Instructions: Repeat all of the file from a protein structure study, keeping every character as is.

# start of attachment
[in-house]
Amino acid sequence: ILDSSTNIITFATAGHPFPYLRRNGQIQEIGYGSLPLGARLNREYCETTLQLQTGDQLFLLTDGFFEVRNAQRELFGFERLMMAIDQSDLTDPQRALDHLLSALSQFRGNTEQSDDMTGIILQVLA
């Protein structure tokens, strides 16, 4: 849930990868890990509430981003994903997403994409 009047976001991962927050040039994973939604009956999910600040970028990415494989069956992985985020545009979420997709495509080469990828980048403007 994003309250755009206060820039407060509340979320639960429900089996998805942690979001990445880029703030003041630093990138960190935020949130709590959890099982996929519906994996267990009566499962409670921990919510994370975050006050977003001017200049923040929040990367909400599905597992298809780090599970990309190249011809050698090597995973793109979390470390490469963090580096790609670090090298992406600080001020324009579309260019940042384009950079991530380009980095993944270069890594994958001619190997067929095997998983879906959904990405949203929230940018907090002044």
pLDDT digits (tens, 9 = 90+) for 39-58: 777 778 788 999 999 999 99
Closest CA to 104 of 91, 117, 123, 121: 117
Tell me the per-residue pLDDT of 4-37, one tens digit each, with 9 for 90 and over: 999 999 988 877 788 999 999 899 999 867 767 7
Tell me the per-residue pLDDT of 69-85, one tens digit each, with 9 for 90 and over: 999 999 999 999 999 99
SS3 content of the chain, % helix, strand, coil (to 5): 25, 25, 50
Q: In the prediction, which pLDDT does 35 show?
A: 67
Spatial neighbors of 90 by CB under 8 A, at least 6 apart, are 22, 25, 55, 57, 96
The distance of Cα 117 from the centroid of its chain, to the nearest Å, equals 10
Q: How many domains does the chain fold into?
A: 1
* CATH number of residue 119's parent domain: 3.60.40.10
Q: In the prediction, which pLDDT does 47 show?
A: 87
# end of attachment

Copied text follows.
[in-house]
Amino acid sequence: ILDSSTNIITFATAGHPFPYLRRNGQIQEIGYGSLPLGARLNREYCETTLQLQTGDQLFLLTDGFFEVRNAQRELFGFERLMMAIDQSDLTDPQRALDHLLSALSQFRGNTEQSDDMTGIILQVLA
């Protein structure tokens, strides 16, 4: 849930990868890990509430981003994903997403994409 009047976001991962927050040039994973939604009956999910600040970028990415494989069956992985985020545009979420997709495509080469990828980048403007 994003309250755009206060820039407060509340979320639960429900089996998805942690979001990445880029703030003041630093990138960190935020949130709590959890099982996929519906994996267990009566499962409670921990919510994370975050006050977003001017200049923040929040990367909400599905597992298809780090599970990309190249011809050698090597995973793109979390470390490469963090580096790609670090090298992406600080001020324009579309260019940042384009950079991530380009980095993944270069890594994958001619190997067929095997998983879906959904990405949203929230940018907090002044």
pLDDT digits (tens, 9 = 90+) for 39-58: 777 778 788 999 999 999 99
Closest CA to 104 of 91, 117, 123, 121: 117
Tell me the per-residue pLDDT of 4-37, one tens digit each, with 9 for 90 and over: 999 999 988 877 788 999 999 899 999 867 767 7
Tell me the per-residue pLDDT of 69-85, one tens digit each, with 9 for 90 and over: 999 999 999 999 999 99
SS3 content of the chain, % helix, strand, coil (to 5): 25, 25, 50
Q: In the prediction, which pLDDT does 35 show?
A: 67
Spatial neighbors of 90 by CB under 8 A, at least 6 apart, are 22, 25, 55, 57, 96
The distance of Cα 117 from the centroid of its chain, to the nearest Å, equals 10
Q: How many domains does the chain fold into?
A: 1
* CATH number of residue 119's parent domain: 3.60.40.10
Q: In the prediction, which pLDDT does 47 show?
A: 87